This uses the Identity Executable; the Measure Executable configured with the selected function and parameters; the User Defined Write Executable to create a buffer which the DMM needs (this Executable allows you to provide a hand-crafted SCPI command to be executed); and an ExecutableDirector. Results are provided on the Messages queue for handling and displaying on the UI.
This example makes use of a PSU instrument to generate a voltage and a DMM instrument to measure that voltage (in the specific case, a Rohde & Schwarz HMC8043 and a Keithley DMM6500). Select the instruments correctly, enter a Voltage (in mV) and click on Generate.
You will need to connect the PSU and DMM to a test circuit for this to work.
This uses the Identity Executable; the Voltage Executable; the Measure Executable configured with the Voltage function and no additional parameters; and two ExecutableDirector instances - one for the identities and one for the generation and measure. Results are provided on the Messages queue for handling and displaying on the UI.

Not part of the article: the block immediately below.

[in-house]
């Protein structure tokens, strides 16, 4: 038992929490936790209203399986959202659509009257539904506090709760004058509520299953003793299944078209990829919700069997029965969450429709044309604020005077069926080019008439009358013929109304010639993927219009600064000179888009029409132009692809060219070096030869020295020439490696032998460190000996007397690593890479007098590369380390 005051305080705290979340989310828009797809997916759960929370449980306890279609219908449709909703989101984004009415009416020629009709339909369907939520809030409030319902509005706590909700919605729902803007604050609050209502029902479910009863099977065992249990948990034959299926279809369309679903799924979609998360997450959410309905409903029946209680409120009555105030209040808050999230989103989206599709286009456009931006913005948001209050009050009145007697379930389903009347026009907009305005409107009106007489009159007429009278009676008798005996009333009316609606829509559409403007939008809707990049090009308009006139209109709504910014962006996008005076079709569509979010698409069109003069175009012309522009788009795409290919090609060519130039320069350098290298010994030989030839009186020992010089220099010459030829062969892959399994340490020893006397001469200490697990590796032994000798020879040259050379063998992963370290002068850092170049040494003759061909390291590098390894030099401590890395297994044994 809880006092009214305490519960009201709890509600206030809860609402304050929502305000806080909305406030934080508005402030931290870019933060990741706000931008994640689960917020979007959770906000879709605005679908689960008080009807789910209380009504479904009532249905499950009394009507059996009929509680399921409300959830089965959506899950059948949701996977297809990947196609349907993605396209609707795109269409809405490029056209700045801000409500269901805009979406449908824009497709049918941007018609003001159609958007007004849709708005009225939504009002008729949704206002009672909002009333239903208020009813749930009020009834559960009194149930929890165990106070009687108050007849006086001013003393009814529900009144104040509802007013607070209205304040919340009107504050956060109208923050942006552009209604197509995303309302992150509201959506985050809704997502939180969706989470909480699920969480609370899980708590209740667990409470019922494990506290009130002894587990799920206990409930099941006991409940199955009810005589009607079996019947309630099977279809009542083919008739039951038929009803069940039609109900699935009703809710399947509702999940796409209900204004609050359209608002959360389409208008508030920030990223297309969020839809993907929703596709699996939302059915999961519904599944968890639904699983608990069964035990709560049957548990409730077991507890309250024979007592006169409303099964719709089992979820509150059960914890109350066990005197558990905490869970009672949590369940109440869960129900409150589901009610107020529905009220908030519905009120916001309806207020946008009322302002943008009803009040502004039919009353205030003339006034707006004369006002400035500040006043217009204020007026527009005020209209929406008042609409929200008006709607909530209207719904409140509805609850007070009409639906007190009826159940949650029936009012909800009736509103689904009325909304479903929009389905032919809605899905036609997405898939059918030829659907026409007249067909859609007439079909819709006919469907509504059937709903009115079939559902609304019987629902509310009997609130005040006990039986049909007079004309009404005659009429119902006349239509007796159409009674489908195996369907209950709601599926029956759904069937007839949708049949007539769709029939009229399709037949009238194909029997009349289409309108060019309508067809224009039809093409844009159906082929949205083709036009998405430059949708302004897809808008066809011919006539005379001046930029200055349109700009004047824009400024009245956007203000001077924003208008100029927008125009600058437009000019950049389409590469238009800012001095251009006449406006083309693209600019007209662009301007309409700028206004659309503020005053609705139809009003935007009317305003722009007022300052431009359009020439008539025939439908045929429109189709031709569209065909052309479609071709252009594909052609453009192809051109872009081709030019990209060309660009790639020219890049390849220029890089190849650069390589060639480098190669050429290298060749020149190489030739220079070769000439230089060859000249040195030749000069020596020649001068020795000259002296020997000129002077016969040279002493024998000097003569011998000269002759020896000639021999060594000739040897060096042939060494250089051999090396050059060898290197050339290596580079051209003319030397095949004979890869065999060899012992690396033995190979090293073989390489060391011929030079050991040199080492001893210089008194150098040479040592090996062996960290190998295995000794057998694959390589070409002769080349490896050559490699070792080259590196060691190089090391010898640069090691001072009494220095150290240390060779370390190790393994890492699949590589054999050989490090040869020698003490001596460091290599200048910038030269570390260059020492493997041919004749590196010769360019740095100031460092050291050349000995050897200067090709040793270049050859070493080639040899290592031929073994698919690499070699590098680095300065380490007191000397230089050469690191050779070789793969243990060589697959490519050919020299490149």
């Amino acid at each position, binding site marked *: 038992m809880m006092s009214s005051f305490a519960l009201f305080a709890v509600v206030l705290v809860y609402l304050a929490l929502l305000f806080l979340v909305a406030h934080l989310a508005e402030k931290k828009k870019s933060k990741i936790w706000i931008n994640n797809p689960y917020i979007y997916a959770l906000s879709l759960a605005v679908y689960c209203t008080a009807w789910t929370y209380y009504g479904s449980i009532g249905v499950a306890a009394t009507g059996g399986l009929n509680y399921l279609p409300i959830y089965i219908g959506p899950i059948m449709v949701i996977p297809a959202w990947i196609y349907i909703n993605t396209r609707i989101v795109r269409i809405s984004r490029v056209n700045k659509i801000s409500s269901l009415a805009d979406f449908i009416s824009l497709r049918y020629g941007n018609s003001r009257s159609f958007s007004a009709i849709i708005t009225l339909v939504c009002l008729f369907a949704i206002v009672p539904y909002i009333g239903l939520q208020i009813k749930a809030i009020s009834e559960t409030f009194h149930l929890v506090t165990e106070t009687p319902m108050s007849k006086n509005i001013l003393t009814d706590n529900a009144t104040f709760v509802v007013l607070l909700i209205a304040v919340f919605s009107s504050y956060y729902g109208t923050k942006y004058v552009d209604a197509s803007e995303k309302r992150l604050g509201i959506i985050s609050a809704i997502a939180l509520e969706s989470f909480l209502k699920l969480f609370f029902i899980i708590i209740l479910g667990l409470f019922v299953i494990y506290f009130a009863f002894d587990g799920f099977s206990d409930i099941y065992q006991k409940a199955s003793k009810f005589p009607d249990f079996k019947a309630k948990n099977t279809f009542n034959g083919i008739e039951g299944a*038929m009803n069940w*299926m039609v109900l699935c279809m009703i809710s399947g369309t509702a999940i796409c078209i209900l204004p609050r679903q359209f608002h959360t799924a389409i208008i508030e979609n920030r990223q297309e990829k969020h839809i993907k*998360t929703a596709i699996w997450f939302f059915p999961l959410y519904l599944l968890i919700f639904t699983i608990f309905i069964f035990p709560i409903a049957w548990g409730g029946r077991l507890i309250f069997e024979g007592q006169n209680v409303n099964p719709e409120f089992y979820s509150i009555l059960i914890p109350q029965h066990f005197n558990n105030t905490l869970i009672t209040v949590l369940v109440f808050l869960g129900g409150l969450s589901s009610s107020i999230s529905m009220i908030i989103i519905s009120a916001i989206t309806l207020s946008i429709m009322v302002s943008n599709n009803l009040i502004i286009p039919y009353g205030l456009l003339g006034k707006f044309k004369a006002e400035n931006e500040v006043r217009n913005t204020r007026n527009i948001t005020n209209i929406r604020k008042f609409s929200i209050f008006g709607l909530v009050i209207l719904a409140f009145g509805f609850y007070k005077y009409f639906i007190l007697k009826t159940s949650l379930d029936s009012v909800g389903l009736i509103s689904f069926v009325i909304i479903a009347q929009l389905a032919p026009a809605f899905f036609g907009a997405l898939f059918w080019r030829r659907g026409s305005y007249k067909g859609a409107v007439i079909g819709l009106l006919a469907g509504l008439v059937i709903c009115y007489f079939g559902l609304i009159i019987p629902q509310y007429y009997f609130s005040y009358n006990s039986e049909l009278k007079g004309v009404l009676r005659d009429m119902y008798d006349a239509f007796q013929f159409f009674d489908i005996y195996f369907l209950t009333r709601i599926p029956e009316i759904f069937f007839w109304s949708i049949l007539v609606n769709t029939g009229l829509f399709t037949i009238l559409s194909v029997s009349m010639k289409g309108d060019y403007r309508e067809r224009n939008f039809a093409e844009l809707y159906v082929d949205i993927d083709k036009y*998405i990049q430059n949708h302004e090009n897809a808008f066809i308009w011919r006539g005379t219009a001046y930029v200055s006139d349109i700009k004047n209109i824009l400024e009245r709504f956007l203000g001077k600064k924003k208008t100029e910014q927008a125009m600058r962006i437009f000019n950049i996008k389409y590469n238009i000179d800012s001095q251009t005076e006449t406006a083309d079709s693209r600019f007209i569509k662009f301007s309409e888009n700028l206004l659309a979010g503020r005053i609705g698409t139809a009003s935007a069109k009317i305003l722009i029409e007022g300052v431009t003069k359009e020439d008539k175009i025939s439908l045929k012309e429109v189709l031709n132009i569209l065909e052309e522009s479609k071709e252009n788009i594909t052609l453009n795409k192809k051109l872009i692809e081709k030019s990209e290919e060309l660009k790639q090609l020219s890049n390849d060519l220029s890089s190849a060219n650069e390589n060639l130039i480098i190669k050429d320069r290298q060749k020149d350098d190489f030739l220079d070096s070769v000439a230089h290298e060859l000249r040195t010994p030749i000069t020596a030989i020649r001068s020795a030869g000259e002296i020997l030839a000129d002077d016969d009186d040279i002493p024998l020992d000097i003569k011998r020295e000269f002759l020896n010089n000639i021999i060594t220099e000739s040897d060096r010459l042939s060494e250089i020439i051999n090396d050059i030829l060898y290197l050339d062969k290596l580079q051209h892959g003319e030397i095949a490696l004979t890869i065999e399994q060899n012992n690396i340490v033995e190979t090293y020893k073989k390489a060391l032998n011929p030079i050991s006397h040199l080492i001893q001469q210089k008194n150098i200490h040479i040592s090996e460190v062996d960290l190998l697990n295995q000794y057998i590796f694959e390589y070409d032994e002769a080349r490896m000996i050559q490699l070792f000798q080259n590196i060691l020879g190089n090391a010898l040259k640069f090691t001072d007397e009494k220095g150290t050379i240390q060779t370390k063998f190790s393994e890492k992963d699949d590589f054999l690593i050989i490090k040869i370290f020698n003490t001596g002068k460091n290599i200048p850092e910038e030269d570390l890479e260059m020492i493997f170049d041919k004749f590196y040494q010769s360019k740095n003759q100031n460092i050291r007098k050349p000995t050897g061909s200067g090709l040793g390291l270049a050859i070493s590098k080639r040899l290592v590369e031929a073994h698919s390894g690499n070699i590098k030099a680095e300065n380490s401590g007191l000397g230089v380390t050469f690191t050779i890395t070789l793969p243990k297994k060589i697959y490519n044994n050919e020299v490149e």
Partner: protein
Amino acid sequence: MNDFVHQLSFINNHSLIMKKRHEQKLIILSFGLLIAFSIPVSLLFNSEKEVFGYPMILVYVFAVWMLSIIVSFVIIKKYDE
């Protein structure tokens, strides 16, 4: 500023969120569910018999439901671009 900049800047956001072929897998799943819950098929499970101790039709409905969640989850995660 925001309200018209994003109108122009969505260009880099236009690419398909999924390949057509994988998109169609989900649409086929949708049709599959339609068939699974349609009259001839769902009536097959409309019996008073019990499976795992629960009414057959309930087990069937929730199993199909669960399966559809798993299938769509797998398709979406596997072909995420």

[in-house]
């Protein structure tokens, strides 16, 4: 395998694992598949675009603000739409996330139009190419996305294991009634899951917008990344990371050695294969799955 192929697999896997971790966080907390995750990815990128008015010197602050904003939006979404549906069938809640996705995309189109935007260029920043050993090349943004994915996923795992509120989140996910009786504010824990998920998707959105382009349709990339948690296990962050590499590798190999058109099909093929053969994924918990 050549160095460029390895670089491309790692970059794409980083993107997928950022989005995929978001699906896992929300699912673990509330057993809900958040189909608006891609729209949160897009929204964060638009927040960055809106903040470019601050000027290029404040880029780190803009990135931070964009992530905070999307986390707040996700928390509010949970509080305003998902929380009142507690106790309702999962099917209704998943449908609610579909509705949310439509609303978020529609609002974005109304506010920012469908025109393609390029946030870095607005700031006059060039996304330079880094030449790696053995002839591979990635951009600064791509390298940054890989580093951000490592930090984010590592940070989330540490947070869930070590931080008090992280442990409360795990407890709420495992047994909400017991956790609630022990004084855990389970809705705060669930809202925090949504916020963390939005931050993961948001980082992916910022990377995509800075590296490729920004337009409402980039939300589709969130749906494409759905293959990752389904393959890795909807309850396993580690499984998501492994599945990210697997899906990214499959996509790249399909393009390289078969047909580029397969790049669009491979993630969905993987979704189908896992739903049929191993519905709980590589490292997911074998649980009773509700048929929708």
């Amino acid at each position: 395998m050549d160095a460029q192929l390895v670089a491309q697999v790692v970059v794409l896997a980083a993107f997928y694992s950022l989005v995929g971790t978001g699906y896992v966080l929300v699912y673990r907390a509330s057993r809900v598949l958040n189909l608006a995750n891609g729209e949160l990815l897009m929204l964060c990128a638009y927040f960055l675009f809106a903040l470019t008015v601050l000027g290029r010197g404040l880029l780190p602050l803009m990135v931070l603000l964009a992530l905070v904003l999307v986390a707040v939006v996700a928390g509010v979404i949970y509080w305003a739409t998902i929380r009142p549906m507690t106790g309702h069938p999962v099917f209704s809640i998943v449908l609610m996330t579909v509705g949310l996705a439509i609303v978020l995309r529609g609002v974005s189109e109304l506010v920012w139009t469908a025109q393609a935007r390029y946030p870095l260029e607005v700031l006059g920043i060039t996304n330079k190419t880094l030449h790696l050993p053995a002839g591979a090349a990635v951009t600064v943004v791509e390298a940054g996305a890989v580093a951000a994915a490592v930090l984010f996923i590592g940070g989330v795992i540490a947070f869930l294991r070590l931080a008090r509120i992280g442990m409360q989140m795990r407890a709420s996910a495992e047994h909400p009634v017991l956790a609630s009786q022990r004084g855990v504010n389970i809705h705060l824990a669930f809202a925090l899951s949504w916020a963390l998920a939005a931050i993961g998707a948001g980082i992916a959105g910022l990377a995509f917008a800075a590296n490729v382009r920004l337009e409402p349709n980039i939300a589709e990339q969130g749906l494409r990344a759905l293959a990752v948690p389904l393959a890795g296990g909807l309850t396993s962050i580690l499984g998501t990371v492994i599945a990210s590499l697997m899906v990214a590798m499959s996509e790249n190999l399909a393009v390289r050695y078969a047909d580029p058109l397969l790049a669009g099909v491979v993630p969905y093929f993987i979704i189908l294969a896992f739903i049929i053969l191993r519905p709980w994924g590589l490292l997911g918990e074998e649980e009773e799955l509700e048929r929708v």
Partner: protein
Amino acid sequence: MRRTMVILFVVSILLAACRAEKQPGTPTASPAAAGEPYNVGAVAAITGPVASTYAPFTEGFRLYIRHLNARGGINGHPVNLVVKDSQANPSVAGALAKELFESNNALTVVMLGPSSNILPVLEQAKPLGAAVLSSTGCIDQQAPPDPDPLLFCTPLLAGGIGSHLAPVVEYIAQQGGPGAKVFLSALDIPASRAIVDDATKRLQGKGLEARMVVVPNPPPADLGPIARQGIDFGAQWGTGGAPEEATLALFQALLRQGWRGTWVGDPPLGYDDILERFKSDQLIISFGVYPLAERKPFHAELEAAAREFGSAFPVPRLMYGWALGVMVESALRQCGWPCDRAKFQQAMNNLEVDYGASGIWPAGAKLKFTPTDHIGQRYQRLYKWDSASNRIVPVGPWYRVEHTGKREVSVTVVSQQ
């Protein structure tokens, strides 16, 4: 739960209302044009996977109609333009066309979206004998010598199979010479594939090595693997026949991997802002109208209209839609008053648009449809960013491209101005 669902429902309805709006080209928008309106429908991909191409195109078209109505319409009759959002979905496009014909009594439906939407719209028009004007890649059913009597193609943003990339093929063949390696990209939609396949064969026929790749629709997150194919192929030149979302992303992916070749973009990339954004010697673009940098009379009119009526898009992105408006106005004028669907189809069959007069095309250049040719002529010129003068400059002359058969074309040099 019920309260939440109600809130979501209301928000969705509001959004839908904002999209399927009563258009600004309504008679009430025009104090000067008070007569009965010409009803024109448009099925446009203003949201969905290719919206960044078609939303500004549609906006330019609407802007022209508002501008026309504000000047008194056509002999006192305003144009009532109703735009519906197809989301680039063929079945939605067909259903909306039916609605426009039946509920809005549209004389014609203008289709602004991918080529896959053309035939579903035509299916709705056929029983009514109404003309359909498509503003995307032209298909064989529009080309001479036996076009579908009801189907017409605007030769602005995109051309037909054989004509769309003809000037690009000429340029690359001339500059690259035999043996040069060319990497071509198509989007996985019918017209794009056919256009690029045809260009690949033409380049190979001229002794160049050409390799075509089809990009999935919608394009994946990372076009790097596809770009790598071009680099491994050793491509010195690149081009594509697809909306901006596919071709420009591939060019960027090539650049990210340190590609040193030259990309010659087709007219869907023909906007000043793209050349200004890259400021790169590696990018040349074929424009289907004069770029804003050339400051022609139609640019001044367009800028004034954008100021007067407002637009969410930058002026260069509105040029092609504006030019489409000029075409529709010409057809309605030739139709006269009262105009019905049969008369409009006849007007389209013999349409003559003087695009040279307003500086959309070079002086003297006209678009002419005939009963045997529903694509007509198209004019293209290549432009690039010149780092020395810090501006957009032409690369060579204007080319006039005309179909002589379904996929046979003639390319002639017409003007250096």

This example makes use of a DMM instrument to continually take measurements, displaying the results on a Waveform graph. It will run indefinitely, until 'Stop' is pressed.
You will need to connect the DMM to a suitable test circuit for the function you select. For example, I connected the DMM to a potentiometer to measure the change in resistance as the pot was adjusted.
The example responds to the Pause and Resume events.
This uses the Identity Executable; the Measure Executable (no parameters); an ExecutableDirector for the identity; and a ContinuousDirector for the measure. Results are provided through the Results Notifier because the framework will block the main processing loop whilst it does its work - thus the UI cannot be updated via the previously used Messages queue.
5-Generate Stepped Voltage
This example makes use of a PSU to generate a voltage and a DMM to measure the voltage. The PSU is directed to output a voltage in steps, from a start value to an end value in increments. The DMM measures every step change and the result is displayed on a waveform.